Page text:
• I’m So Burnt Out. Now What?

    I'm so burnt out. Now what?

    I'm so burnt out. Now what?As we continue to endure a global COVID-19 pandemic and a time of heightened personal and professional demands, many of us are feeling an all-too-common phenomenon: burnout. “People are overwhelmed and exhausted and still feeling like they ought to be doing more,” says Amelia Nagoski, DMA, who wrote the 2019 book Burnout: The Secret to Unlocking the Stress Cycle with her twin sister, Emily Nagoski, PhD. 

    Emily and Amelia started researching the idea that stress can get stuck in our bodies and possibly lead to increased medical problems if not resolved. In their book, the sisters identify the difference between stress and stressors while exploring the cycle of stress. “The good news is that stress is not the problem,” they write. “It’s how we deal with stress—not what causes it—that releases the stress, completes the cycle, and ultimately, keeps us from burning out,” says Emily.

    The Nagoskis reported you can’t control every external stressor that comes your way: “The goal isn’t to live in a state of perpetual balance and peace and calm; the goal is to move through stress to calm, so that you’re ready for the next stressor.” Their book addresses the internal resources we carry to protect ourselves from danger, the sources of danger we encounter in the modern world, and the daily practices that help us build strength to face those dangers and ultimately defeat them.

    First coined as a technical term by Herbert Freudenberger in 1974, “burnout” is defined by three components:

    1. Emotional exhaustion — the fatigue that comes from caring too much, for too long.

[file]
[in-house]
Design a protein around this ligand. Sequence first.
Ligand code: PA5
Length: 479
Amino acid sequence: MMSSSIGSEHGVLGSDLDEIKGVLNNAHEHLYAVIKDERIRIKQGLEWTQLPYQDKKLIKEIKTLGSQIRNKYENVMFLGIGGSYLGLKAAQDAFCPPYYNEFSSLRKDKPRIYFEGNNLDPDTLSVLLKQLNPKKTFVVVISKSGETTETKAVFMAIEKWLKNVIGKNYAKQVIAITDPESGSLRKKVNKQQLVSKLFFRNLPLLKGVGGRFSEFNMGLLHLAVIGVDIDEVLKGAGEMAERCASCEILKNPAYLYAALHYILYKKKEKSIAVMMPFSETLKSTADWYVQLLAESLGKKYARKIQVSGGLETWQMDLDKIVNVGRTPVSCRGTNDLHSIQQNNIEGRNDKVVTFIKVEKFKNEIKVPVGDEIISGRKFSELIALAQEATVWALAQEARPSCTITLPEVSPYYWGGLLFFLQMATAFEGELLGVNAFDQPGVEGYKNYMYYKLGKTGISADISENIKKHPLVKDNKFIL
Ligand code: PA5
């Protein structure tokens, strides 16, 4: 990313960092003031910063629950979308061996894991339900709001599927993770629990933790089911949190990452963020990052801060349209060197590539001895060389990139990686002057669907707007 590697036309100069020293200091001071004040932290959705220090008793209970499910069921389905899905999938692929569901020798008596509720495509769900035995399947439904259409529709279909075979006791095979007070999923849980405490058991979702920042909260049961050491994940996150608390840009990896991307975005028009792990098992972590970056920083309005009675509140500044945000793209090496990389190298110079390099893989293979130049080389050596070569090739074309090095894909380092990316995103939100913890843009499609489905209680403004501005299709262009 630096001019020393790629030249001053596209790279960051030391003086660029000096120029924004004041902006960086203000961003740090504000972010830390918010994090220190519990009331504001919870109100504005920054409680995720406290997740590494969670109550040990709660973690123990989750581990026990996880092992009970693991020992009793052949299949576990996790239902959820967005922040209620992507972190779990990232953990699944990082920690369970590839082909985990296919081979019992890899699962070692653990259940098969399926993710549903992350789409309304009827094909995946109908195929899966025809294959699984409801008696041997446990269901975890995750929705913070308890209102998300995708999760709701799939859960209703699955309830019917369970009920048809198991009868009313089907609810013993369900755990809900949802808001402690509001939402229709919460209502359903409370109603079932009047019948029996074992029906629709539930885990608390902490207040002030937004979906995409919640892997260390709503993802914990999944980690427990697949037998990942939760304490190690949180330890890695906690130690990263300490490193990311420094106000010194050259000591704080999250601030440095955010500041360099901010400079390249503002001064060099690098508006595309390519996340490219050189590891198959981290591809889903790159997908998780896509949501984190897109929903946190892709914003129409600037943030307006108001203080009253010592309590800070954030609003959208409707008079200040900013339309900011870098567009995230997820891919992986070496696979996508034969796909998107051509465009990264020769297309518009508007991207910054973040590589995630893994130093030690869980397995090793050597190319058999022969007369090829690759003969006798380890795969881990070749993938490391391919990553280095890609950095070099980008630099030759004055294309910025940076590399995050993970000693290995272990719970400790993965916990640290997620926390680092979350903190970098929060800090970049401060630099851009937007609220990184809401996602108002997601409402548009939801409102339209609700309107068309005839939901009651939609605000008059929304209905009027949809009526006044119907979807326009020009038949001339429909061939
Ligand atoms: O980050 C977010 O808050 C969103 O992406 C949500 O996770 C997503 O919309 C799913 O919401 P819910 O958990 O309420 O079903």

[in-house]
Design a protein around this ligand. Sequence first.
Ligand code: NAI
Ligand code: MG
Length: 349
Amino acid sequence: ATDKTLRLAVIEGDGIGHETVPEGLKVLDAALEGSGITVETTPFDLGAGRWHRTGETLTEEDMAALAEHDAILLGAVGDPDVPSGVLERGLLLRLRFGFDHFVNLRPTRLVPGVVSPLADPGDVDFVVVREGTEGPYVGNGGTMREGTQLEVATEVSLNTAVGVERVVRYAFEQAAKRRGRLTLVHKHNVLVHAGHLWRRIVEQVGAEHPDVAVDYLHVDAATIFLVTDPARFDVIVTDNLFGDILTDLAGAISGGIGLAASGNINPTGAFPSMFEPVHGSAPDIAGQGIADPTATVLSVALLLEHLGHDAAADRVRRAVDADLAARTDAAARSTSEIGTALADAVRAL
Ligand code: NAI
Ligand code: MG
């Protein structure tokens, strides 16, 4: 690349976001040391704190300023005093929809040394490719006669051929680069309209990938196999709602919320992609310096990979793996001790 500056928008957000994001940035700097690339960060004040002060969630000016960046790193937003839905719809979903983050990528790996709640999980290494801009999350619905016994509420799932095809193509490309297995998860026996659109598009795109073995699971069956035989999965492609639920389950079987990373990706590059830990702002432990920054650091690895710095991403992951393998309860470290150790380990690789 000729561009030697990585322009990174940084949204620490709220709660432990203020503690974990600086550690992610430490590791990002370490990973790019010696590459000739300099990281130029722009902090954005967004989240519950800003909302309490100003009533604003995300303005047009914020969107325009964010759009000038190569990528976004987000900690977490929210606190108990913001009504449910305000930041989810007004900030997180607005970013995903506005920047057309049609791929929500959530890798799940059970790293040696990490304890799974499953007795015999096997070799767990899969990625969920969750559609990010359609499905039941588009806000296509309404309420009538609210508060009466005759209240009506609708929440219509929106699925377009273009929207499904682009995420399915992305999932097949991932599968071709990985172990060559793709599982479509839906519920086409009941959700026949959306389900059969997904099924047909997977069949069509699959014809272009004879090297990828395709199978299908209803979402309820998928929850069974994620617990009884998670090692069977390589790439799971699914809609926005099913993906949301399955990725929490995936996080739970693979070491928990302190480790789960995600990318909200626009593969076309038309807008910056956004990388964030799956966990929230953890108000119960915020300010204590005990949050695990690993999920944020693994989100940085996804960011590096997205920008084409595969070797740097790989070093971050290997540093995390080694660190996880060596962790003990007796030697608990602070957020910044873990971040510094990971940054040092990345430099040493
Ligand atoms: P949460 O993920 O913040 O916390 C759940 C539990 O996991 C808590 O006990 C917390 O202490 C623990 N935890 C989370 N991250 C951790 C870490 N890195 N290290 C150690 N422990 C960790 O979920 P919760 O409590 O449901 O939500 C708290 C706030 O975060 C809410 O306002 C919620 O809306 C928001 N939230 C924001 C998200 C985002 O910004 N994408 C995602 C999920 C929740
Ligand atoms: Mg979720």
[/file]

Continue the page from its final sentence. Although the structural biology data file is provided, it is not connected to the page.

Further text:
2. Depersonalization — the depletion of empathy, caring, and compassion.
    3. Decreased sense of accomplishment — an unconquerable sense of futility or feeling that nothing you do makes any difference. 

    One of the best ways to keep burnout in check is to know what it looks and feels like before you reach the point of no return. It can be extremely helpful to do a regular self-assessment using the symptoms below; anyone who can check off most of this list is probably experiencing burnout.

      • exhaustion
      • fatigue
      • frequent headaches
      • gastrointestinal disorders
      • difficulty with sleep
      • shortness of breath
      • signs of depression
      • emotional extremes
      • frustration, anger, Extreme negativity
      • inability to accomplish tasks
      • going through the motions
      • lack of patience
      • cynicism, inability to be compassionate and/or empathetic
      • rude or overly assertive behavior

    If you are experiencing burnout, you may be wondering how you can get unstuck. Fortunately, there are a number of things that can help you recover and prevent burnout from returning.

    Prioritize your basic needs. Getting enough sleep, eating healthy food, staying hydrated, grounding yourself in nature, and getting exercise can all help replenish your depleted energy and mood.

    Exercise, in particular, can help you complete the stress cycle according to the Nagoskis’ research. Completing the stress cycle is key to preventing stress from building up in your body to an unmanageable level.

    Shift your perspective. Take time to consider your mindset toward the circumstance that is stressing you out. What are your expectations and assumptions? What changes could you make? What needs do you have that are unfulfilled?. 

    Seek connections. Nagoski writes, “the cure for burnout is instead all of us caring for each other. It is noticing that somebody else is stuck and helping look for ways to clear their path through the tunnel. And it is noticing that you are stuck and being willing to ask for and accept help.” Aim to be surrounded by “the people who will remind you of your value and who you can lean on as you work through your burnout.”



    Burnout: The Secret to Unlocking the Stress Cycle, Emily Nagoski and Amelia Nagoski.

    “4 Steps to Beating Burnout” Harvard Business Review, https://hbr.org/2016/11/beating-burnout.

    Linda V. Heinemann1 and Torsten Heinemann, “Burnout Research: Emergence and Scientific Investigation of a Contested Diagnosis”, https://journals.sagepub.com/doi/pdf/10.1177/2158244017697154


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